The United Kingdom has decided to authorize the use of neonicotinoids for the yellow virus emergency on sugar beetHe is about to end up run over, his mother saves him
After the French turnaround, the United Kingdom has also decided to allow the use of neonicotinoids again (albeit for a particular emergency). These are dangerous pesticides for bees and other pollinating insects.
The UK government is lifting the ban on the use of a dangerous pesticide. Following pressure from the National Farmers Union (NFU) and British Sugar, the use of products containing tiaethoxam (indeed a neonicotinoid) but only for emergency use on sugar beets affected by the yellow virus.
"Yellow virus disease is having an unprecedented impact on Britain's sugar beet crop, with some growers experiencing yield losses of up to 80% and this authorization is desperately needed to combat this disease," said Michael. Sly, chairman of the board of directors of the NFU.
The president of the NFU stressed that pesticides will be used in a limited and controlled way but in the meantime also the United Kingdom has to deal with a drastic loss of the bee population and with the fact that these substances are, through rainwater, dragged by the fields to rivers.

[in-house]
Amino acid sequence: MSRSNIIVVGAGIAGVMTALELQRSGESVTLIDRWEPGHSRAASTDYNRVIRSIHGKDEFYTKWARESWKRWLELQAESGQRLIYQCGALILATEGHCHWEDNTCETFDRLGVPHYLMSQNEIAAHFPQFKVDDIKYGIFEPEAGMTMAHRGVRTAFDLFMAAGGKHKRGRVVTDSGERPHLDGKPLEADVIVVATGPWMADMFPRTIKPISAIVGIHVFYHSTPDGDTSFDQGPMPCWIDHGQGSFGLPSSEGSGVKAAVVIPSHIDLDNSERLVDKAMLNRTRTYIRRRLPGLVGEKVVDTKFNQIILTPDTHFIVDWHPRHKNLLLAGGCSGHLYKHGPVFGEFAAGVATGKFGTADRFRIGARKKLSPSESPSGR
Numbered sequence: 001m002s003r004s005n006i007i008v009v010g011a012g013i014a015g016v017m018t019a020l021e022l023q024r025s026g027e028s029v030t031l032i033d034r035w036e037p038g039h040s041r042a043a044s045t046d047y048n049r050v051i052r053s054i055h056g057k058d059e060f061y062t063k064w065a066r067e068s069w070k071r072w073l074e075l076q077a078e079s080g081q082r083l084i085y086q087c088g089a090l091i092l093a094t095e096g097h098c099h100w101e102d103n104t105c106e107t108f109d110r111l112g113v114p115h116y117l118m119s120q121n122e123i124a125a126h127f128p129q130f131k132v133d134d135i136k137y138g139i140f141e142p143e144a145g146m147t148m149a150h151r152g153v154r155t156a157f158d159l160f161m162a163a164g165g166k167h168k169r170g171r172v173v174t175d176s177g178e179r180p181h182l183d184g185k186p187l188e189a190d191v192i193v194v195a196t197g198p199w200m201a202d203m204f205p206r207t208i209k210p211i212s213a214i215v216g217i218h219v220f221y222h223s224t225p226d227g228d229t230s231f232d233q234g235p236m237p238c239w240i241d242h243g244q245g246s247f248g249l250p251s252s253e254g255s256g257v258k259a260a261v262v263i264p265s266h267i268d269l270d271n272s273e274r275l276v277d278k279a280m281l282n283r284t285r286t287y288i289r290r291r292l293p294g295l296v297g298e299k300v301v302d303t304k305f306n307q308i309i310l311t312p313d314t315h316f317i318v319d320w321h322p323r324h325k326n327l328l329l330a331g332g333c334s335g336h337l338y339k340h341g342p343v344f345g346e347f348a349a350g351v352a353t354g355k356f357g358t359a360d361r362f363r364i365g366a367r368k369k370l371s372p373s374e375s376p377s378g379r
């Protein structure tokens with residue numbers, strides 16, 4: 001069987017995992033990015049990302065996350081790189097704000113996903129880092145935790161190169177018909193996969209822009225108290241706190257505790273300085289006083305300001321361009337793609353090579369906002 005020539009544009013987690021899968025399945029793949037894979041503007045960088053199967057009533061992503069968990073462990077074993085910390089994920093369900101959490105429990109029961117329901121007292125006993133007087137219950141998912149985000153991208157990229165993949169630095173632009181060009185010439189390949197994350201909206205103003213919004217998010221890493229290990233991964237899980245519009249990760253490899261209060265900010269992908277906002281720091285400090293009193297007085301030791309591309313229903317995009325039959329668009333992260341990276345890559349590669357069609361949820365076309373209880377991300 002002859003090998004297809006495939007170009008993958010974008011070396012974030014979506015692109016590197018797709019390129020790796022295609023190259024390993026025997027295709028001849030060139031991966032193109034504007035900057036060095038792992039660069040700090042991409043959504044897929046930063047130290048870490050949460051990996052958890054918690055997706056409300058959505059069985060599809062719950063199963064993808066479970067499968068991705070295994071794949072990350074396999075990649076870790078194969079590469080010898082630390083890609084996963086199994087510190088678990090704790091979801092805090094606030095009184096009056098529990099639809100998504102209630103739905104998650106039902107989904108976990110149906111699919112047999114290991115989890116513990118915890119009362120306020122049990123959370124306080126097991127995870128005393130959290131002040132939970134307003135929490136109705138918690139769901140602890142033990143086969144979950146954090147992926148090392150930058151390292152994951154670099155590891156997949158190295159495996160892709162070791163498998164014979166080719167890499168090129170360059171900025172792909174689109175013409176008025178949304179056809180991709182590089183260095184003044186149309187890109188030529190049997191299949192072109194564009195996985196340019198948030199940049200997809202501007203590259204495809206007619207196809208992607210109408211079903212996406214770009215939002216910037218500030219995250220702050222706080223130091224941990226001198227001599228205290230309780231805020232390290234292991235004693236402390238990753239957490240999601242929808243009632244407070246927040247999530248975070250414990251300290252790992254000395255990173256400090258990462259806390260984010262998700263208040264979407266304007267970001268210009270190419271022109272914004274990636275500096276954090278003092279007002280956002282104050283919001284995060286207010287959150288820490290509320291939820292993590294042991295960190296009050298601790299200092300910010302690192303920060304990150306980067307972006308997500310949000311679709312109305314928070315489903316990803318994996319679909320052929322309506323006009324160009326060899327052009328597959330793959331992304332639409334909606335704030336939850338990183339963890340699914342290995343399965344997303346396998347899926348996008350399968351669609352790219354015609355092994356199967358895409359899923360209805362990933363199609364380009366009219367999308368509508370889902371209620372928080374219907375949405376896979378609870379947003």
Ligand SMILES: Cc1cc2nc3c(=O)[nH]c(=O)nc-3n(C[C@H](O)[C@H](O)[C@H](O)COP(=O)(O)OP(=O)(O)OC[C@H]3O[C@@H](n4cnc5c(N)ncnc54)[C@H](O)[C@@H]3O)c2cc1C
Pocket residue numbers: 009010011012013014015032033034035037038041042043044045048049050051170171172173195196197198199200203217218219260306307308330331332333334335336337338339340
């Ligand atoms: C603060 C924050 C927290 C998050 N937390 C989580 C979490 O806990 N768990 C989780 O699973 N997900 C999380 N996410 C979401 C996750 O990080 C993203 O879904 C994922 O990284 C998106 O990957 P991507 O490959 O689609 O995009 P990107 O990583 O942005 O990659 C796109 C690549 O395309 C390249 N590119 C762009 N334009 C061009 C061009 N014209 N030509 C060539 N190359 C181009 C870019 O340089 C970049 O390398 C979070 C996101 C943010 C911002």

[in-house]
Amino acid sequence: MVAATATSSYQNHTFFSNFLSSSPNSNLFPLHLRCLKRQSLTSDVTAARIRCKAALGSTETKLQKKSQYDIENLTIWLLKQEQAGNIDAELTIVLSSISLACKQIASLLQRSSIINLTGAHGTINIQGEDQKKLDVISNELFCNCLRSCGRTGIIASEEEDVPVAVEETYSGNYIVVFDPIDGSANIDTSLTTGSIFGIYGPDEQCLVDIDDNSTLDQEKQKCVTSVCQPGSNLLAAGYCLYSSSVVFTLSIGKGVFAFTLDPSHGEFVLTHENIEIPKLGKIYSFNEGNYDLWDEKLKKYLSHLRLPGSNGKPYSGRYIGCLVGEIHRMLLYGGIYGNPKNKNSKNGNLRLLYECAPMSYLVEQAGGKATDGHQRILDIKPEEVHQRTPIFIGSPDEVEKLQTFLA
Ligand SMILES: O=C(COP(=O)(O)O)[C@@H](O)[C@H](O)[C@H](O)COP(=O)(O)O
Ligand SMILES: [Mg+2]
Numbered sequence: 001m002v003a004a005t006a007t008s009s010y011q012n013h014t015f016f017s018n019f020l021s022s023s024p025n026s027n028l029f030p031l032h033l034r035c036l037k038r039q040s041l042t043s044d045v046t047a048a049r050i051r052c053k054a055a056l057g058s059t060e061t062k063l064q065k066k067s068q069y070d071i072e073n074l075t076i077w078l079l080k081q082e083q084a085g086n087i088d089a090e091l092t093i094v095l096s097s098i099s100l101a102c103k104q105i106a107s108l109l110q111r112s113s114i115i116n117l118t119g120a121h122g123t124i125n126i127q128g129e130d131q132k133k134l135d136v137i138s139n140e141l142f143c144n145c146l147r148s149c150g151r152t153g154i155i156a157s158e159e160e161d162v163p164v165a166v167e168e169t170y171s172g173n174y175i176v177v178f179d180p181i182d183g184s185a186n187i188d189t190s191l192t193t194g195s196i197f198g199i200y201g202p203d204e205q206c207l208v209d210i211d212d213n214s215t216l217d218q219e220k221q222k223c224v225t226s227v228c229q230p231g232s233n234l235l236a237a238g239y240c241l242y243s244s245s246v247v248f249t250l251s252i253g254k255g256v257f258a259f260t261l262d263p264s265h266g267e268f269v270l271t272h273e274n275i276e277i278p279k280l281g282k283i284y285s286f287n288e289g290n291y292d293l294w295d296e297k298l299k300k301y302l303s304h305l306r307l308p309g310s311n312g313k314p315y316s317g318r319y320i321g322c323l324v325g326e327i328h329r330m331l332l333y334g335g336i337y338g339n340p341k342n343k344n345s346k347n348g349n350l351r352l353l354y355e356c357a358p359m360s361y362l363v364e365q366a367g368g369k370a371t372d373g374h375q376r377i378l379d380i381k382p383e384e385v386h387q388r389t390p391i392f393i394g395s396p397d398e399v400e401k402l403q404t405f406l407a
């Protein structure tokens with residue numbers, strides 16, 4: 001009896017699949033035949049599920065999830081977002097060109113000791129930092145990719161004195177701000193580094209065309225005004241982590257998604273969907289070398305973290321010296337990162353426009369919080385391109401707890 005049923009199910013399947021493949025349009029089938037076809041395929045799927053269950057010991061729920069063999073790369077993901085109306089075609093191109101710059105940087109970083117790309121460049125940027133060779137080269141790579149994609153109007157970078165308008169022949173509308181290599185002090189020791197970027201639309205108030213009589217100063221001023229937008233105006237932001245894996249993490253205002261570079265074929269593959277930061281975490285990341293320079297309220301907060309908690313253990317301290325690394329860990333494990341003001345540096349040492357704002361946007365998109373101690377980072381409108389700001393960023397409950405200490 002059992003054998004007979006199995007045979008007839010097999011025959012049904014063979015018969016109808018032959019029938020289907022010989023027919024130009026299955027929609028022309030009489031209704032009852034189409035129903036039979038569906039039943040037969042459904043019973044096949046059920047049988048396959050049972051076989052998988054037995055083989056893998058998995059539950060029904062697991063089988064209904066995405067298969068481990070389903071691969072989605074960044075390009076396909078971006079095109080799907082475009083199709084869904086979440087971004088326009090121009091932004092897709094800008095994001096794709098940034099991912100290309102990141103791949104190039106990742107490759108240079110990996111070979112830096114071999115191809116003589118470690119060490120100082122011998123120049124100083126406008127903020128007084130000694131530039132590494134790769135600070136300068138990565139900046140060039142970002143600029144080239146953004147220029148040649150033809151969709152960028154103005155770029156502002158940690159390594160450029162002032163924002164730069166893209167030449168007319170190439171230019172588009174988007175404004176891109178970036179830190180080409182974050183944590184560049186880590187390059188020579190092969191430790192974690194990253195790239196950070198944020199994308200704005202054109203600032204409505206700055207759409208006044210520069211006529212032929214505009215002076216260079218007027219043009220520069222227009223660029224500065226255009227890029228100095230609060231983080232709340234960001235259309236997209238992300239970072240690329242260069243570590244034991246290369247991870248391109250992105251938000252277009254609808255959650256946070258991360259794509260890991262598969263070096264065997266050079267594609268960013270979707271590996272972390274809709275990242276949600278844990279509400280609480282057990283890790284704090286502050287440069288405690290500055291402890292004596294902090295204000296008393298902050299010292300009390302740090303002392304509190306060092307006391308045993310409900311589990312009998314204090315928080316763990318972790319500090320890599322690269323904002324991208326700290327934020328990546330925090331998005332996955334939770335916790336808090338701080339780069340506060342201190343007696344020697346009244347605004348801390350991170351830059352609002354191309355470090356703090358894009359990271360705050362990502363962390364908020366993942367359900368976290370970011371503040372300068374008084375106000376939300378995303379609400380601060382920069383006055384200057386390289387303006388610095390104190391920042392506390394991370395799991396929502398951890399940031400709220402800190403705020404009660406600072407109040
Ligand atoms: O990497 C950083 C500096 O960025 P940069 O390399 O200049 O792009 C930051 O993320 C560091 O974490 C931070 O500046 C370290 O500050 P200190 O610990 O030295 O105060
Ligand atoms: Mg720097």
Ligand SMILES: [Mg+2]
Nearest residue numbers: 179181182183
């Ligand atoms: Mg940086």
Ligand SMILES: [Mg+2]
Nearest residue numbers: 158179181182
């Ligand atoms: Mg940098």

Environmentalists rise up against this decision and Matt Shardlow, chief executive of the Buglife conservation group, pointed out that:
“No action is proposed to prevent the pollution of rivers with insecticides applied to sugar beet. Nothing has changed scientifically since the decision to ban the use of neonicotinoids on sugar beet in 2018. They will continue to damage the environment ”.
The Wildlife Trusts also intervened on the issue, recalling the risks to bees and also the danger that a temporary authorization of a few months could in fact become annual. This is why a petition was launched to say NO to neonicotinoids.
The EU decided to protect bees by banning the outdoor use of thiamethoxam in 2018. In fact, 11 countries, including Spain, Denmark and Belgium, have now signed emergency authorizations to use this controversial chemical.
The last is precisely the United Kingdom, which in this way takes a decisive step back from its commitment to climate and biodiversity, despite the recent exit from the EU.
Fonti: The Guardian / The Wildlife Trusts Facebook
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